A proactive approach, coupled with properly planned and implemented safety and risk management systems can help you comply with local, state and federal PSM regulations, as well as minimize loss of life, environmental impact, equipment damage, citations and litigation.
ioMosaic pioneered many of the current risk assessment techniques for processes that handle hazardous chemicals.
Our experts support every aspect to ensure that your facility runs safely and efficiently.
Expertise to help you minimize your exposure to fire, injury, property damage, and litigation.
Integrating best practices with cost-effective solutions to address program deficiencies.
Helping manage risk with facility siting studies, assessments and recommendations.
Senior knowledgeable engineers facilitate PHAs or DHAs in nearly all sectors of the process and processing industries.
Decades of experience leading incident investigations for process industry companies.
We prepare expert opinion reports and provide expert testimony for process incident cases.
Experienced engineers who have performed LOPAs on a wide range of facilities and terminals.
Our experts are at the forefront of pipeline Process Safety Management proficiency.
Proven track record of performing QRAs for facilities, pipelines and transportation routes.
Well versed in assisting global companies with their sustainability reporting communications.
Decades of experience mitigating hazards for the chemical and pharmaceutical industries.
The chemical company of a large integrated energy company was developing a corporate standard for LOPA, which incorporated a risk ranking matrix. The company was interested in obtaining an independent review of the design of the risk matrix, and in benchmarking the underlying risk tolerability criteria with generally accepted industry norms.
A major pulp and paper manufacturing company in Mississippi determined that its process safety management (PSM) program had to do more than merely follow OSHA regulations; they wanted it to also be effective in preventing accidents.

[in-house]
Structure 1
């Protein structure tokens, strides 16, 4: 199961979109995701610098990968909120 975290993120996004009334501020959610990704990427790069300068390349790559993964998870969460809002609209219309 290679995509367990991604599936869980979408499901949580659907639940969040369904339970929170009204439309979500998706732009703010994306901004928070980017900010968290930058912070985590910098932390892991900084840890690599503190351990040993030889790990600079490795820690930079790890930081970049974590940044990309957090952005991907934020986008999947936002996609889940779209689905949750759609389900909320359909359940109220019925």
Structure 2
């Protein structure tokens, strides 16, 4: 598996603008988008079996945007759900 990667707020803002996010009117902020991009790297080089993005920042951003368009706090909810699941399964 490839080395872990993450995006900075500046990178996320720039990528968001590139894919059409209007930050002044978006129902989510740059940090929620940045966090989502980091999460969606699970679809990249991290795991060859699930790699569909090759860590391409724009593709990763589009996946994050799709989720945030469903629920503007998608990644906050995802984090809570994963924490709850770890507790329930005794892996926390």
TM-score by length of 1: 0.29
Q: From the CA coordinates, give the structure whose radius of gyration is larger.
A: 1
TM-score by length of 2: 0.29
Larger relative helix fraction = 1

If your facility uses, stores, manufactures, handles, or moves flammable or highly hazardous chemicals on site above the threshold quantity (TQ), OSHA does require PSM implementation. Learn the facts about process safety management.
Understanding the likelihood and potential for raw materials to interact unintentionally in multipurpose equipment is key for process safety risk identification and management efforts. Read this white paper for guidance that can help you to better understand your organization’s potential vulnerabilities related to chemical reactivity hazards.
OSHA published the Process Safety Management (PSM) standard in 1992. At that time it was viewed as one of the first performance-based regulations in the US. Previous OSHA regulations were viewed as prescriptive or specification based where all documentation and reporting requirements are included. What made the OSHA PSM standard performance-based was the expectation that each covered facility would need to develop a PSM program and would need to then implement the elements of that program.
A book on environmental, health and safety management describes the difference between specification and performance based standards.
"A specification standard is one where there is no subjectivity. Everything one needs is clearly stated in black and white. Performance based standards, on the other hand, leave much of the decision making to the employer."
The term performance based standard is used quite often in reference to the OSHA PSM Standard, but what does it mean? The only specific use of this term is in Section III, Summary and Explanation of the Final Rule, in this comment made by the CMA (The Chemical Manufacturer's Association).
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